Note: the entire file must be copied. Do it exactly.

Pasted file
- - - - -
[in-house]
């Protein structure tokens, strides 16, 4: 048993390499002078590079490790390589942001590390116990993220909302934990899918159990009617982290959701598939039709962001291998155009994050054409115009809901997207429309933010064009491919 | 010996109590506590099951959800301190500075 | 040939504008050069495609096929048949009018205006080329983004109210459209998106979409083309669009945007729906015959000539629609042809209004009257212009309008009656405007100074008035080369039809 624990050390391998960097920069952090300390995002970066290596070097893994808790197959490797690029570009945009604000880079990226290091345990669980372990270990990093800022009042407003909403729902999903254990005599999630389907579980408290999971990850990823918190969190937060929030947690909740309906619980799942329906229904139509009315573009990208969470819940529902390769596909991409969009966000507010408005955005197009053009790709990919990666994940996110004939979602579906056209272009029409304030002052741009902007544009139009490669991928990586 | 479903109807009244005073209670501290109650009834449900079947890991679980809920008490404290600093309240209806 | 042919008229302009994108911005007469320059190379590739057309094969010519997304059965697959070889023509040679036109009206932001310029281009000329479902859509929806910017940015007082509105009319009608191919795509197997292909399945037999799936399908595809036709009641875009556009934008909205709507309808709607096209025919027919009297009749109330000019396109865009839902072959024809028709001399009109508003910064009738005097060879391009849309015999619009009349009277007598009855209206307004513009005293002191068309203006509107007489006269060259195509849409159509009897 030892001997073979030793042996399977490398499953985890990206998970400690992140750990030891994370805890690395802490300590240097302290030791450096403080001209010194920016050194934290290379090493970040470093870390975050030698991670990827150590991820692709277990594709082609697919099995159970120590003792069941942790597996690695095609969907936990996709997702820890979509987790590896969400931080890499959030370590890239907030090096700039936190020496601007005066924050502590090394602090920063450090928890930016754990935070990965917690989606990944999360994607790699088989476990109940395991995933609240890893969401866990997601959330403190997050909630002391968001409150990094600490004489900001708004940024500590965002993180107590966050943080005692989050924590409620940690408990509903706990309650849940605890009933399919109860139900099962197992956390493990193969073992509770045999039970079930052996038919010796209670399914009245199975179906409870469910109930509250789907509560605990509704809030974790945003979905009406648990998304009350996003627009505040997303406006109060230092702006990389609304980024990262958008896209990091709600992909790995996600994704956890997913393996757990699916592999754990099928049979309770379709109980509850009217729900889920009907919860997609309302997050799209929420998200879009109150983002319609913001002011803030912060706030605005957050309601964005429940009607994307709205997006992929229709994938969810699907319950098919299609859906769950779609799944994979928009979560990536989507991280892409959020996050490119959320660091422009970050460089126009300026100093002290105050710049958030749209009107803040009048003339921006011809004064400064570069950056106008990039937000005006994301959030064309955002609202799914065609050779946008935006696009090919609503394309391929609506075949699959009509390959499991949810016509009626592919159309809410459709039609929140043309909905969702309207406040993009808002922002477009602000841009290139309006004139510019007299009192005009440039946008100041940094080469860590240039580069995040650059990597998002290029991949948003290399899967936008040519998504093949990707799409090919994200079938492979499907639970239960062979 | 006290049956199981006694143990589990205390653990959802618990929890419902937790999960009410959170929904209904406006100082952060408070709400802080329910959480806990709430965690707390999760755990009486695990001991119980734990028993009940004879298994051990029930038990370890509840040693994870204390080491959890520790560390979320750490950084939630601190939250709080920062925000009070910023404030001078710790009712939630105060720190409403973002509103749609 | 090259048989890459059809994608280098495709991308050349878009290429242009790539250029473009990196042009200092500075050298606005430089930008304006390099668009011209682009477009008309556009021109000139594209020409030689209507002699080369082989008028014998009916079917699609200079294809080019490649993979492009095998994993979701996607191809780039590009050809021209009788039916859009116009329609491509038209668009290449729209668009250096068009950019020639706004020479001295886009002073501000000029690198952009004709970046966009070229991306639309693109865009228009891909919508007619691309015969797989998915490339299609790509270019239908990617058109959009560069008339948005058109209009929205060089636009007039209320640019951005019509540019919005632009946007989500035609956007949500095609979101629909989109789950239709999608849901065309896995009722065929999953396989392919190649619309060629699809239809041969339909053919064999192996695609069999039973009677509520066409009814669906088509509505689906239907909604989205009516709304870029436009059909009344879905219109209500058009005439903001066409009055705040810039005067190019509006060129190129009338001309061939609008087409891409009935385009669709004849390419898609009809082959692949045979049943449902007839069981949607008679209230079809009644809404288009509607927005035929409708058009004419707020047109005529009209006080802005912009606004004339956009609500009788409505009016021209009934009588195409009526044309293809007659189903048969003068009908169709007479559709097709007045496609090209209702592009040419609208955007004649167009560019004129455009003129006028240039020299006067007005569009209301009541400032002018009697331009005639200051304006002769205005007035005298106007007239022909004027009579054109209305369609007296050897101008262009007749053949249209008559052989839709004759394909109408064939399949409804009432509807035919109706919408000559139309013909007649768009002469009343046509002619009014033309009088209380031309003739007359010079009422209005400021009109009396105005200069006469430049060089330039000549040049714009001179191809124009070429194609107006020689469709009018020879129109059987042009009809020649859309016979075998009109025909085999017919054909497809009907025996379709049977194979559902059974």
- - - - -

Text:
[in-house]
């Protein structure tokens, strides 16, 4: 048993390499002078590079490790390589942001590390116990993220909302934990899918159990009617982290959701598939039709962001291998155009994050054409115009809901997207429309933010064009491919 | 010996109590506590099951959800301190500075 | 040939504008050069495609096929048949009018205006080329983004109210459209998106979409083309669009945007729906015959000539629609042809209004009257212009309008009656405007100074008035080369039809 624990050390391998960097920069952090300390995002970066290596070097893994808790197959490797690029570009945009604000880079990226290091345990669980372990270990990093800022009042407003909403729902999903254990005599999630389907579980408290999971990850990823918190969190937060929030947690909740309906619980799942329906229904139509009315573009990208969470819940529902390769596909991409969009966000507010408005955005197009053009790709990919990666994940996110004939979602579906056209272009029409304030002052741009902007544009139009490669991928990586 | 479903109807009244005073209670501290109650009834449900079947890991679980809920008490404290600093309240209806 | 042919008229302009994108911005007469320059190379590739057309094969010519997304059965697959070889023509040679036109009206932001310029281009000329479902859509929806910017940015007082509105009319009608191919795509197997292909399945037999799936399908595809036709009641875009556009934008909205709507309808709607096209025919027919009297009749109330000019396109865009839902072959024809028709001399009109508003910064009738005097060879391009849309015999619009009349009277007598009855209206307004513009005293002191068309203006509107007489006269060259195509849409159509009897 030892001997073979030793042996399977490398499953985890990206998970400690992140750990030891994370805890690395802490300590240097302290030791450096403080001209010194920016050194934290290379090493970040470093870390975050030698991670990827150590991820692709277990594709082609697919099995159970120590003792069941942790597996690695095609969907936990996709997702820890979509987790590896969400931080890499959030370590890239907030090096700039936190020496601007005066924050502590090394602090920063450090928890930016754990935070990965917690989606990944999360994607790699088989476990109940395991995933609240890893969401866990997601959330403190997050909630002391968001409150990094600490004489900001708004940024500590965002993180107590966050943080005692989050924590409620940690408990509903706990309650849940605890009933399919109860139900099962197992956390493990193969073992509770045999039970079930052996038919010796209670399914009245199975179906409870469910109930509250789907509560605990509704809030974790945003979905009406648990998304009350996003627009505040997303406006109060230092702006990389609304980024990262958008896209990091709600992909790995996600994704956890997913393996757990699916592999754990099928049979309770379709109980509850009217729900889920009907919860997609309302997050799209929420998200879009109150983002319609913001002011803030912060706030605005957050309601964005429940009607994307709205997006992929229709994938969810699907319950098919299609859906769950779609799944994979928009979560990536989507991280892409959020996050490119959320660091422009970050460089126009300026100093002290105050710049958030749209009107803040009048003339921006011809004064400064570069950056106008990039937000005006994301959030064309955002609202799914065609050779946008935006696009090919609503394309391929609506075949699959009509390959499991949810016509009626592919159309809410459709039609929140043309909905969702309207406040993009808002922002477009602000841009290139309006004139510019007299009192005009440039946008100041940094080469860590240039580069995040650059990597998002290029991949948003290399899967936008040519998504093949990707799409090919994200079938492979499907639970239960062979 | 006290049956199981006694143990589990205390653990959802618990929890419902937790999960009410959170929904209904406006100082952060408070709400802080329910959480806990709430965690707390999760755990009486695990001991119980734990028993009940004879298994051990029930038990370890509840040693994870204390080491959890520790560390979320750490950084939630601190939250709080920062925000009070910023404030001078710790009712939630105060720190409403973002509103749609 | 090259048989890459059809994608280098495709991308050349878009290429242009790539250029473009990196042009200092500075050298606005430089930008304006390099668009011209682009477009008309556009021109000139594209020409030689209507002699080369082989008028014998009916079917699609200079294809080019490649993979492009095998994993979701996607191809780039590009050809021209009788039916859009116009329609491509038209668009290449729209668009250096068009950019020639706004020479001295886009002073501000000029690198952009004709970046966009070229991306639309693109865009228009891909919508007619691309015969797989998915490339299609790509270019239908990617058109959009560069008339948005058109209009929205060089636009007039209320640019951005019509540019919005632009946007989500035609956007949500095609979101629909989109789950239709999608849901065309896995009722065929999953396989392919190649619309060629699809239809041969339909053919064999192996695609069999039973009677509520066409009814669906088509509505689906239907909604989205009516709304870029436009059909009344879905219109209500058009005439903001066409009055705040810039005067190019509006060129190129009338001309061939609008087409891409009935385009669709004849390419898609009809082959692949045979049943449902007839069981949607008679209230079809009644809404288009509607927005035929409708058009004419707020047109005529009209006080802005912009606004004339956009609500009788409505009016021209009934009588195409009526044309293809007659189903048969003068009908169709007479559709097709007045496609090209209702592009040419609208955007004649167009560019004129455009003129006028240039020299006067007005569009209301009541400032002018009697331009005639200051304006002769205005007035005298106007007239022909004027009579054109209305369609007296050897101008262009007749053949249209008559052989839709004759394909109408064939399949409804009432509807035919109706919408000559139309013909007649768009002469009343046509002619009014033309009088209380031309003739007359010079009422209005400021009109009396105005200069006469430049060089330039000549040049714009001179191809124009070429194609107006020689469709009018020879129109059987042009009809020649859309016979075998009109025909085999017919054909497809009907025996379709049977194979559902059974």